Redesigned for the first time in seven years, the 2014 Toyota Tundra features an integrated hood, tightened surfaces and new overall lines to further enhance the full-size pick-up’s pulling power and wide stance.
The 2014 Tundra will be offered in a new five-grade strategy: the hard-working SR, volume-leading SR5, the well-appointed Limited, and two premium grades: Platinum and “1794 Edition.” Three cab styles, two-door Regular Cab, four-door Double Cab and four-door CrewMax, all available in 4×2 and 4×4. Each grade is well-equipped with key standard features.
Showcased at a recent regional media gathering at Cle Elum, Wa., the 2014 Toyota Tundra lineup will range from $25,920 for the SR grade 4×2 Regular Cab, 4.0-liter V6 to $47,320 for the Platinum and 1794 Edition CrewMax 4×4 grades equipped with a 5.7-liter V8.
Based on comparisons between the new grade strategy for 2014 models and 2013 models with comparable equipment levels, the MSRP’s reflect an overall average decrease of $263, or 0.7 percent.
The Weekly Driver drove the CrewMax 4×4 Limited for a 30-minute test through several small Northwest cities and compiled a brief, quick list of observations:
Superior interior space, particularly the rear seat where’s plenty of room for three adults.
Big truck, small turning radius.
Big truck, drives smaller (it’s a compliment).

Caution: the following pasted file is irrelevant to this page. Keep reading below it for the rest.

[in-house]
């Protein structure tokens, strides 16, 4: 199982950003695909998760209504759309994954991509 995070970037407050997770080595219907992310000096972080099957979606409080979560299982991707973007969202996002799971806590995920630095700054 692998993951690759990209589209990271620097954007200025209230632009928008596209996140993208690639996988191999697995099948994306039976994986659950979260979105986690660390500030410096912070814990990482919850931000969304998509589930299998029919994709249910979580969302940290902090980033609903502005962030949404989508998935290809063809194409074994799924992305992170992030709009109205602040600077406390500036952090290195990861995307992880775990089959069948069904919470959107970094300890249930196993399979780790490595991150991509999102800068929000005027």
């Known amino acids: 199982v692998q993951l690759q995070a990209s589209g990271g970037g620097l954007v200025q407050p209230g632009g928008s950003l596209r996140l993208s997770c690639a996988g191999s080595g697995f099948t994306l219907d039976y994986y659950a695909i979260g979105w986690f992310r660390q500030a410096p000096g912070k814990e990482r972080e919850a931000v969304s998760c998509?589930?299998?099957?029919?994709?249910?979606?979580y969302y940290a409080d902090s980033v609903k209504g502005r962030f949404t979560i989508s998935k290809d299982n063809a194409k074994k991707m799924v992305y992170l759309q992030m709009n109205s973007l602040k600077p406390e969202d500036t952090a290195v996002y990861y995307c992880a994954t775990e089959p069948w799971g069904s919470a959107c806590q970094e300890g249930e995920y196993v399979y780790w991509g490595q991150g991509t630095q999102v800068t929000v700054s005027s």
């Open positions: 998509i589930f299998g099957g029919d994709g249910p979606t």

Smooth, carlike ride.
Small navigation screen for a large truck.
The Entune technology system includes the app for Yelp, the small business review. Yelp? It just seems like a bad idea.
The Tundra has a huge amount of power, but it’s not that aggressively quick.
The 2014 Tundra is the only full-size pickup with available Blind Spot Monitor with RearCross Traffic Alert (available on Limited CrewMax, Platinum and 1794 Edition only). All Tundra models feature the standard Toyota Star Safety System™ that includes
Vehicle Stability Control (VSC), Traction Control (TRAC), an Anti-lock Braking System (ABS), Electronic Brake-force Distribution (EBD), Brake Assist (BA), and Smart Stop (SST) brake override technology.
The front lower bumpers are now a three-piece design, allowing for lower replacement costs. In addition, the fenders and wheel wells have been squared-off for a wide and sturdy stance. A new exterior design helps carry the chiseled character lines all the way down the profile, leading to a rugged new bed and tail gate, with an integrated spoiler and “TUNDRA” embossed into the sheet metal, creating a one-piece forged look. Like the front bumper, the rear bumper changes from one piece to three, for lower replacement costs.
A 4.0-liter Dual Overhead Cam (DOHC) V6 is standard on Tundra Regular and Double Cab SR models and produces 270 horsepower at 5,600 rpm and 278 foot-pounds of peak torque at 4,400 rpm. It is paired with a five-speed automatic transmission with uphill/downhill shift logic. The 4.6-liter, DOHC i-Force V8 offers 310 horsepower at 5,600 rpm and 327 foot-pounds of peak torque at 3,400rpm.
Source: Toyota Motor Corporation.